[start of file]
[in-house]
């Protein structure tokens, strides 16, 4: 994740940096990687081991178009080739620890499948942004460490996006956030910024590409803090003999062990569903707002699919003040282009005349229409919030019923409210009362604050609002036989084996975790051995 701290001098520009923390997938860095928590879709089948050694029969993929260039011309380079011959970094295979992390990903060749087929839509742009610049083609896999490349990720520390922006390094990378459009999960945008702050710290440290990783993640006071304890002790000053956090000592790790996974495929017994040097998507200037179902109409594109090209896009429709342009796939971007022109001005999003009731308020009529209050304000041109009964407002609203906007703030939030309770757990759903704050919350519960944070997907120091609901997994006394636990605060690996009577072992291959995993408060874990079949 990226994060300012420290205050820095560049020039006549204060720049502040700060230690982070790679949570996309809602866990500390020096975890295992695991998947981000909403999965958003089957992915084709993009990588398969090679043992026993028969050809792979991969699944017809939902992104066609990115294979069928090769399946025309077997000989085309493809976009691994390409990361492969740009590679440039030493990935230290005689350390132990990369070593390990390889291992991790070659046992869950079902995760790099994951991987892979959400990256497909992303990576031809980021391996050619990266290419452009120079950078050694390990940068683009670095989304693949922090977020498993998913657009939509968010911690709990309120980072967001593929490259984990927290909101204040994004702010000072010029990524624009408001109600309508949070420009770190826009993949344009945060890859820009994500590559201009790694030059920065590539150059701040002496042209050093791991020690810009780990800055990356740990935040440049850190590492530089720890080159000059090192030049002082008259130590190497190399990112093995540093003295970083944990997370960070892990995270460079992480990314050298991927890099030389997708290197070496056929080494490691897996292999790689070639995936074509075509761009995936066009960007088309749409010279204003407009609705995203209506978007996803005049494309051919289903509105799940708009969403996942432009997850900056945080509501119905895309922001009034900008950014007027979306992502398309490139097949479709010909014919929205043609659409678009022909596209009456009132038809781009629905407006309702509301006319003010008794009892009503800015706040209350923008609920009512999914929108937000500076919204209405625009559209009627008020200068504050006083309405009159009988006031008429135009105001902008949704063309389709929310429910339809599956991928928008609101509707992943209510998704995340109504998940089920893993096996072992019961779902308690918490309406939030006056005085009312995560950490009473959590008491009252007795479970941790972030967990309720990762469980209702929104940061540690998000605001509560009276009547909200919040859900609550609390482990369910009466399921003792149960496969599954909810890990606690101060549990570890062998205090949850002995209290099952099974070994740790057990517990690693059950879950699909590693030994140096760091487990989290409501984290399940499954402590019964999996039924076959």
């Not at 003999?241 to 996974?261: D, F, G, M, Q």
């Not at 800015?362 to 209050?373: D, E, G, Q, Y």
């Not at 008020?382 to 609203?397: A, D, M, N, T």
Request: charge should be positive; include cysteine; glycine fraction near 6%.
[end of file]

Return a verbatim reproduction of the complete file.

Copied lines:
[in-house]
């Protein structure tokens, strides 16, 4: 994740940096990687081991178009080739620890499948942004460490996006956030910024590409803090003999062990569903707002699919003040282009005349229409919030019923409210009362604050609002036989084996975790051995 701290001098520009923390997938860095928590879709089948050694029969993929260039011309380079011959970094295979992390990903060749087929839509742009610049083609896999490349990720520390922006390094990378459009999960945008702050710290440290990783993640006071304890002790000053956090000592790790996974495929017994040097998507200037179902109409594109090209896009429709342009796939971007022109001005999003009731308020009529209050304000041109009964407002609203906007703030939030309770757990759903704050919350519960944070997907120091609901997994006394636990605060690996009577072992291959995993408060874990079949 990226994060300012420290205050820095560049020039006549204060720049502040700060230690982070790679949570996309809602866990500390020096975890295992695991998947981000909403999965958003089957992915084709993009990588398969090679043992026993028969050809792979991969699944017809939902992104066609990115294979069928090769399946025309077997000989085309493809976009691994390409990361492969740009590679440039030493990935230290005689350390132990990369070593390990390889291992991790070659046992869950079902995760790099994951991987892979959400990256497909992303990576031809980021391996050619990266290419452009120079950078050694390990940068683009670095989304693949922090977020498993998913657009939509968010911690709990309120980072967001593929490259984990927290909101204040994004702010000072010029990524624009408001109600309508949070420009770190826009993949344009945060890859820009994500590559201009790694030059920065590539150059701040002496042209050093791991020690810009780990800055990356740990935040440049850190590492530089720890080159000059090192030049002082008259130590190497190399990112093995540093003295970083944990997370960070892990995270460079992480990314050298991927890099030389997708290197070496056929080494490691897996292999790689070639995936074509075509761009995936066009960007088309749409010279204003407009609705995203209506978007996803005049494309051919289903509105799940708009969403996942432009997850900056945080509501119905895309922001009034900008950014007027979306992502398309490139097949479709010909014919929205043609659409678009022909596209009456009132038809781009629905407006309702509301006319003010008794009892009503800015706040209350923008609920009512999914929108937000500076919204209405625009559209009627008020200068504050006083309405009159009988006031008429135009105001902008949704063309389709929310429910339809599956991928928008609101509707992943209510998704995340109504998940089920893993096996072992019961779902308690918490309406939030006056005085009312995560950490009473959590008491009252007795479970941790972030967990309720990762469980209702929104940061540690998000605001509560009276009547909200919040859900609550609390482990369910009466399921003792149960496969599954909810890990606690101060549990570890062998205090949850002995209290099952099974070994740790057990517990690693059950879950699909590693030994140096760091487990989290409501984290399940499954402590019964999996039924076959």
């Not at 003999?241 to 996974?261: D, F, G, M, Q």
């Not at 800015?362 to 209050?373: D, E, G, Q, Y």
């Not at 008020?382 to 609203?397: A, D, M, N, T």
Request: charge should be positive; include cysteine; glycine fraction near 6%.